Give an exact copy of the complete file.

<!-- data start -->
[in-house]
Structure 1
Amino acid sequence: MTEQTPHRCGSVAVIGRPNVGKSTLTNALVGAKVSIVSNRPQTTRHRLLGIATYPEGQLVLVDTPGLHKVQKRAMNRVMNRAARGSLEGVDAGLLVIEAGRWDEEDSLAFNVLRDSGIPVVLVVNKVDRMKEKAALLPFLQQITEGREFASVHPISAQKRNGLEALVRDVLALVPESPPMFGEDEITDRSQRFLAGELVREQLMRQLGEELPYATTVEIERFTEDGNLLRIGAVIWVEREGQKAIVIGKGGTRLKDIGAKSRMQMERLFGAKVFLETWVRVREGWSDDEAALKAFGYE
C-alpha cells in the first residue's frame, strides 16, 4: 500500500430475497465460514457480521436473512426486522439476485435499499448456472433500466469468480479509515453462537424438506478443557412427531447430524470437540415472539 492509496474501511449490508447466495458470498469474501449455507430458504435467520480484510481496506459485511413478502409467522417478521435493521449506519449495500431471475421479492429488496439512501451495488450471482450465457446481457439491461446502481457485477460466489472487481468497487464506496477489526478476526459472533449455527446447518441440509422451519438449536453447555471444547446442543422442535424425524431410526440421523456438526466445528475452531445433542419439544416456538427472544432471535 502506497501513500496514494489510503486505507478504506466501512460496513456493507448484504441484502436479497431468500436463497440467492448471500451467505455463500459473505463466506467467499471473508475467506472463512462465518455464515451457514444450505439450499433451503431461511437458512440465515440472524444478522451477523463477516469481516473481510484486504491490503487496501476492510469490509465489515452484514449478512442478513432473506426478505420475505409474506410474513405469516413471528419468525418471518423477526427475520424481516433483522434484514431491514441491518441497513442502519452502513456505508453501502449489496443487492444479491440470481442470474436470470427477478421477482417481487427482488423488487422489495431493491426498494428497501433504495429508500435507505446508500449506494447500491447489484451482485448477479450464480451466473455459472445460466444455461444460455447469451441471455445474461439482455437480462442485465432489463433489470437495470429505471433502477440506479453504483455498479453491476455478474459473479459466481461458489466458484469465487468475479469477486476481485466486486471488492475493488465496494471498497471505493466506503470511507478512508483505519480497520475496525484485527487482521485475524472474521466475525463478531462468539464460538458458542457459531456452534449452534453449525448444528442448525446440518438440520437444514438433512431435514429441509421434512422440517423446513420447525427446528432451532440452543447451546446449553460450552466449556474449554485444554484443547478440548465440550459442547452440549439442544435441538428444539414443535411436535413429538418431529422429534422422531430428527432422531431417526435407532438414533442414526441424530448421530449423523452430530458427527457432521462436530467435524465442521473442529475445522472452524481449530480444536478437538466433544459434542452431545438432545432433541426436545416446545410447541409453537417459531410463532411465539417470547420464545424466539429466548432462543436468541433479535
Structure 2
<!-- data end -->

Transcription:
[in-house]
Structure 1
Amino acid sequence: MTEQTPHRCGSVAVIGRPNVGKSTLTNALVGAKVSIVSNRPQTTRHRLLGIATYPEGQLVLVDTPGLHKVQKRAMNRVMNRAARGSLEGVDAGLLVIEAGRWDEEDSLAFNVLRDSGIPVVLVVNKVDRMKEKAALLPFLQQITEGREFASVHPISAQKRNGLEALVRDVLALVPESPPMFGEDEITDRSQRFLAGELVREQLMRQLGEELPYATTVEIERFTEDGNLLRIGAVIWVEREGQKAIVIGKGGTRLKDIGAKSRMQMERLFGAKVFLETWVRVREGWSDDEAALKAFGYE
C-alpha cells in the first residue's frame, strides 16, 4: 500500500430475497465460514457480521436473512426486522439476485435499499448456472433500466469468480479509515453462537424438506478443557412427531447430524470437540415472539 492509496474501511449490508447466495458470498469474501449455507430458504435467520480484510481496506459485511413478502409467522417478521435493521449506519449495500431471475421479492429488496439512501451495488450471482450465457446481457439491461446502481457485477460466489472487481468497487464506496477489526478476526459472533449455527446447518441440509422451519438449536453447555471444547446442543422442535424425524431410526440421523456438526466445528475452531445433542419439544416456538427472544432471535 502506497501513500496514494489510503486505507478504506466501512460496513456493507448484504441484502436479497431468500436463497440467492448471500451467505455463500459473505463466506467467499471473508475467506472463512462465518455464515451457514444450505439450499433451503431461511437458512440465515440472524444478522451477523463477516469481516473481510484486504491490503487496501476492510469490509465489515452484514449478512442478513432473506426478505420475505409474506410474513405469516413471528419468525418471518423477526427475520424481516433483522434484514431491514441491518441497513442502519452502513456505508453501502449489496443487492444479491440470481442470474436470470427477478421477482417481487427482488423488487422489495431493491426498494428497501433504495429508500435507505446508500449506494447500491447489484451482485448477479450464480451466473455459472445460466444455461444460455447469451441471455445474461439482455437480462442485465432489463433489470437495470429505471433502477440506479453504483455498479453491476455478474459473479459466481461458489466458484469465487468475479469477486476481485466486486471488492475493488465496494471498497471505493466506503470511507478512508483505519480497520475496525484485527487482521485475524472474521466475525463478531462468539464460538458458542457459531456452534449452534453449525448444528442448525446440518438440520437444514438433512431435514429441509421434512422440517423446513420447525427446528432451532440452543447451546446449553460450552466449556474449554485444554484443547478440548465440550459442547452440549439442544435441538428444539414443535411436535413429538418431529422429534422422531430428527432422531431417526435407532438414533442414526441424530448421530449423523452430530458427527457432521462436530467435524465442521473442529475445522472452524481449530480444536478437538466433544459434542452431545438432545432433541426436545416446545410447541409453537417459531410463532411465539417470547420464545424466539429466548432462543436468541433479535
Structure 2